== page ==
• Aborted Arc: Carzo's investigation of Maluna's possession in the Amazonas is strangely Left Hanging after he is called back. While we later discover that a spirit passed from Maluna to Carzo and deleted his memories of it , what happened to her or why her possession turned her into a weird bat-monster (which doesn't happen to any other possessed in the book) is never explained.
  • Action Girl: Parks, although in this universe she is Overshadowed by Awesome very often.
  • Ambiguous Ending: A hospitalized Carzo reveals to Parks that he is still possessed by Caleb. What happens next is unknown. Did she pull her gun and killed him? Did she called the Vatican so they could exorcize him? Not even the next Marie Parks book reveals anything about it.
  • Ambiguous Situation:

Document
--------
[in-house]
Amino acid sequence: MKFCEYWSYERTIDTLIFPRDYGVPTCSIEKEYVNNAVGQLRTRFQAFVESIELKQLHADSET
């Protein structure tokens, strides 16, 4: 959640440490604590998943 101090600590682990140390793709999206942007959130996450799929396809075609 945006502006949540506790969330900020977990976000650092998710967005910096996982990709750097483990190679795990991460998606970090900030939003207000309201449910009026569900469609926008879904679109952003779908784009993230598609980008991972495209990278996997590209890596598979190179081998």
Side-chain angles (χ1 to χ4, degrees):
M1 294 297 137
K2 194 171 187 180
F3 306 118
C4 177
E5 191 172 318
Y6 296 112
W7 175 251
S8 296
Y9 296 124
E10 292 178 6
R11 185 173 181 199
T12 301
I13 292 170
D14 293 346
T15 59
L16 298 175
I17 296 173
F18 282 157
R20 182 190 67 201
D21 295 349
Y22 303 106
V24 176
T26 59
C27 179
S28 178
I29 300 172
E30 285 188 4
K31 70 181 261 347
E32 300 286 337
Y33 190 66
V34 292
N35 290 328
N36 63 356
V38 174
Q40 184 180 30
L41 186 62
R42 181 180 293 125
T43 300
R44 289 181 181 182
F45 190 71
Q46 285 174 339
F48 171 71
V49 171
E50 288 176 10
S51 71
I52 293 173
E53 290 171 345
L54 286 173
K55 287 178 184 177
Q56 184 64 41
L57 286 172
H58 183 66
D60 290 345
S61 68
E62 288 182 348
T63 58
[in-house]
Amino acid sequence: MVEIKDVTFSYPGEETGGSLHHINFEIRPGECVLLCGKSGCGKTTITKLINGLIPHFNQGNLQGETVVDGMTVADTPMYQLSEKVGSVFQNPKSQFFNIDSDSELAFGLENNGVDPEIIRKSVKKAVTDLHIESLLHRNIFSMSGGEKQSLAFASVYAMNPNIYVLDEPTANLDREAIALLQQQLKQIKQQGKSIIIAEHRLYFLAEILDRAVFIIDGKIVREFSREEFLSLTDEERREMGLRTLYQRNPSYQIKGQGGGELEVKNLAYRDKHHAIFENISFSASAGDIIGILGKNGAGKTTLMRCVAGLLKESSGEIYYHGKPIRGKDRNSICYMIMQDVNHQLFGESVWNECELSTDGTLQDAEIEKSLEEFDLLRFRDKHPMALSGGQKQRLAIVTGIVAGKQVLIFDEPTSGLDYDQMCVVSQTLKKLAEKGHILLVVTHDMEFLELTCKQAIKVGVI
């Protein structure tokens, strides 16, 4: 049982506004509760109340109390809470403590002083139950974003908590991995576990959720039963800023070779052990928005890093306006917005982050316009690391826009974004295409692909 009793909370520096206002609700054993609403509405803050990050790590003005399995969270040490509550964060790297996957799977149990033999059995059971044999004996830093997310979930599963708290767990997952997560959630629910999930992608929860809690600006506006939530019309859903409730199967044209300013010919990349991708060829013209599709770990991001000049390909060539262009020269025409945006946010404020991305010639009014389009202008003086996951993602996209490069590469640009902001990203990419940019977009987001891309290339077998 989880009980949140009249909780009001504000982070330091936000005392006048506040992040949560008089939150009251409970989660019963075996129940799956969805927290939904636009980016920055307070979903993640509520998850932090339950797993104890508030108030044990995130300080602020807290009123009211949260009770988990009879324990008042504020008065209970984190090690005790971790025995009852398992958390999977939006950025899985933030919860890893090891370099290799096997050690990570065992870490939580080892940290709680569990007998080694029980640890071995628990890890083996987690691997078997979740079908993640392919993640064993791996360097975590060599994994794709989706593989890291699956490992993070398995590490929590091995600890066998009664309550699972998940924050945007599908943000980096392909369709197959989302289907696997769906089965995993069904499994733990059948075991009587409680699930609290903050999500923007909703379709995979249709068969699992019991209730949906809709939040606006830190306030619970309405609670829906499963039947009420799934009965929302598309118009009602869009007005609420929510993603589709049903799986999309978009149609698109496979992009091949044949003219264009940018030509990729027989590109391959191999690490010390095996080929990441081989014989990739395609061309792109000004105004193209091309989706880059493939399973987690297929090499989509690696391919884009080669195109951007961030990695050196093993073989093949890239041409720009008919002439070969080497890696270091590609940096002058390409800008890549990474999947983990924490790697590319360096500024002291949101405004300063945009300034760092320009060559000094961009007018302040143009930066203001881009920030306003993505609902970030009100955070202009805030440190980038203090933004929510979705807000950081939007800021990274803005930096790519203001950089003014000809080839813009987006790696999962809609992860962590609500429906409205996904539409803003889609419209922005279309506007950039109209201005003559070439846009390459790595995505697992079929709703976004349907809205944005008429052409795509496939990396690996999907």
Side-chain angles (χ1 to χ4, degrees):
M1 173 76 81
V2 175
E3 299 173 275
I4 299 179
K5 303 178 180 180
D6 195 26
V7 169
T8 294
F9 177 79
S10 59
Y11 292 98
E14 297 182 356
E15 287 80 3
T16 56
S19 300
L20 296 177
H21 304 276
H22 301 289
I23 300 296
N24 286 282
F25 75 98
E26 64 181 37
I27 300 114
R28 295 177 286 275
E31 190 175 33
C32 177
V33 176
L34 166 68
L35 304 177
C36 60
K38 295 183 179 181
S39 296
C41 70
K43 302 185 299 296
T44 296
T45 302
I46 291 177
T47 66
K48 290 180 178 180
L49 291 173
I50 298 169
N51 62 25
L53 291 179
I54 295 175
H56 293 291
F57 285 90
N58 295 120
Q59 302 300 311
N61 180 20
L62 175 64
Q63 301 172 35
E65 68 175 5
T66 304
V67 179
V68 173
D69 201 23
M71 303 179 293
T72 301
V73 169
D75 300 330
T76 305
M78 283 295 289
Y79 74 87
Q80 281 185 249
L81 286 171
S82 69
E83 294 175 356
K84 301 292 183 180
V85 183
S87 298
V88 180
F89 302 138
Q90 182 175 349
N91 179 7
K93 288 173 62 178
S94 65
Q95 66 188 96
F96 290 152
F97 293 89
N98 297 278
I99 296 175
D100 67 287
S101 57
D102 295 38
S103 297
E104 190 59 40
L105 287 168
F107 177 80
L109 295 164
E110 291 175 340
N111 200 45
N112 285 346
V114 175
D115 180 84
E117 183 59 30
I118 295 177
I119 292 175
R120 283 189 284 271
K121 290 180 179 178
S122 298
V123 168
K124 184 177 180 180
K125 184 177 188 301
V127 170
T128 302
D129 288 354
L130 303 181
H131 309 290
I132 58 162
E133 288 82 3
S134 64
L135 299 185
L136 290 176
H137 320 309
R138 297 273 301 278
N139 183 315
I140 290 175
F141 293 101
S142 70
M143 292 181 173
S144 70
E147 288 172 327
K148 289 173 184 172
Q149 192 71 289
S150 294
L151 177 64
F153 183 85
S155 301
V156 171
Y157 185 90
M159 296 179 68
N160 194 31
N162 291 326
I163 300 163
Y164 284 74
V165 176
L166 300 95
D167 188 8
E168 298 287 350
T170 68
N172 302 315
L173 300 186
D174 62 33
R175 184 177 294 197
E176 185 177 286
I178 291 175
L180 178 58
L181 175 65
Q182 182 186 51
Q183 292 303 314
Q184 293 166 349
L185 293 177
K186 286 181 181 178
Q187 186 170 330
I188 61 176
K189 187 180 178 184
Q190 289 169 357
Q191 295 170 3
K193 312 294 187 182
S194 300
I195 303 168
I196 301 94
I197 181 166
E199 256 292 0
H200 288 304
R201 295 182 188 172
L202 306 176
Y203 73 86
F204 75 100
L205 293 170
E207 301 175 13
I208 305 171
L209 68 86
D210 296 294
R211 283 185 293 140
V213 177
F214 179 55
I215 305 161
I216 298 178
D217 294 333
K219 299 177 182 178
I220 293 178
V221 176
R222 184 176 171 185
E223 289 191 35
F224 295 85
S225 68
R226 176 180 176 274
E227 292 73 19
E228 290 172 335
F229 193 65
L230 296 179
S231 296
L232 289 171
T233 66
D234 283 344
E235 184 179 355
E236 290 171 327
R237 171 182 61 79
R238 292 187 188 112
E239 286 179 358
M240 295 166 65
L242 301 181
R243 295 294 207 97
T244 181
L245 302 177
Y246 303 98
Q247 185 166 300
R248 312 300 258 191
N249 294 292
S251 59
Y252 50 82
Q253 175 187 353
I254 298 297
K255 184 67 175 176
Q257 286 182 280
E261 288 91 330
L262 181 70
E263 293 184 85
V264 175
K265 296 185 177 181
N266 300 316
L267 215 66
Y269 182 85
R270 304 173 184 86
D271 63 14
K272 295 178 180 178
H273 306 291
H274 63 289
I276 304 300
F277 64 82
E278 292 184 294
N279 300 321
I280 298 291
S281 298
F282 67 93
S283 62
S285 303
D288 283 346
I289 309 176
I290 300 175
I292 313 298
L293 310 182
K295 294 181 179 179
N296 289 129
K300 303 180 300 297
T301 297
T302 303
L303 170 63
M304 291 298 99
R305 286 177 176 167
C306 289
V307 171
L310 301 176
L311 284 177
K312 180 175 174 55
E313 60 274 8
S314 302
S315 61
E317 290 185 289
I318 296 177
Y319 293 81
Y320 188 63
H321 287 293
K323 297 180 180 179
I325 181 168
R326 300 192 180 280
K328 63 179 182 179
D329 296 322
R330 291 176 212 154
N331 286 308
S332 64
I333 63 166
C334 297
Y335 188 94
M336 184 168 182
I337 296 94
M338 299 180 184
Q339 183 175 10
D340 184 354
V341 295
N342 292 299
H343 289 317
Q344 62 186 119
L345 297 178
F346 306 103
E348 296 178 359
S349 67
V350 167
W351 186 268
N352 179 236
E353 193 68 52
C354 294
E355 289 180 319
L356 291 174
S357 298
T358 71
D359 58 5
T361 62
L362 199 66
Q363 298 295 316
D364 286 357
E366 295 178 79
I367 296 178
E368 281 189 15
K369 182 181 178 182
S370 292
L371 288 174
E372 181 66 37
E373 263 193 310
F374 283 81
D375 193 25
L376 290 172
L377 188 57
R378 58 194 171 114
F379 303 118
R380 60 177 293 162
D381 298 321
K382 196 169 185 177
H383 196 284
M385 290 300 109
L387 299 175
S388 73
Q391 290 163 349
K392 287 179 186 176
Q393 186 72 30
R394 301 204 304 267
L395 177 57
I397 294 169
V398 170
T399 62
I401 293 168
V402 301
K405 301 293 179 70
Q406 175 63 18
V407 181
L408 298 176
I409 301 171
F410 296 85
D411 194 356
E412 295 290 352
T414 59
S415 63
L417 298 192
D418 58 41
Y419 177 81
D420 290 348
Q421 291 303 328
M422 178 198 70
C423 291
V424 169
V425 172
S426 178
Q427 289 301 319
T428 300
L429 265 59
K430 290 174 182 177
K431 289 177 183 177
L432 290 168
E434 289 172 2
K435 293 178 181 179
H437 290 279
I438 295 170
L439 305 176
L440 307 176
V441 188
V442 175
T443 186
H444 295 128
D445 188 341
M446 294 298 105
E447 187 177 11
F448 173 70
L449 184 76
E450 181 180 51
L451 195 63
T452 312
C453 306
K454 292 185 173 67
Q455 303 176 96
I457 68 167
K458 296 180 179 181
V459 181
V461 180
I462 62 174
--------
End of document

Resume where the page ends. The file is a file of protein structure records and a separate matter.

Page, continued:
• What happens when one dies in the novel's universe? Caleb and his side are an Unreliable Narrator in this matter. He first says all humans are condemned to Hell without remission because Satan rules alone this universe, but this clashes with his other claim that Father Jacomino's soul went to Hell for the specific reason that he was secretly evil. Later he changes completely his stance and tells Carzo that every soul gets reincarnated after dying, but it is more or less clear that he says this to mess with Carzo's head. Meanwhile, Parks's mediumnic powers seem to prove all of this is false, or at least there is a cosmic alternative to it. Her talks with dead people like Crossman's wife point more to a classic TV afterlife where people simply rest in peace if they doesn't have any finished business on Earth.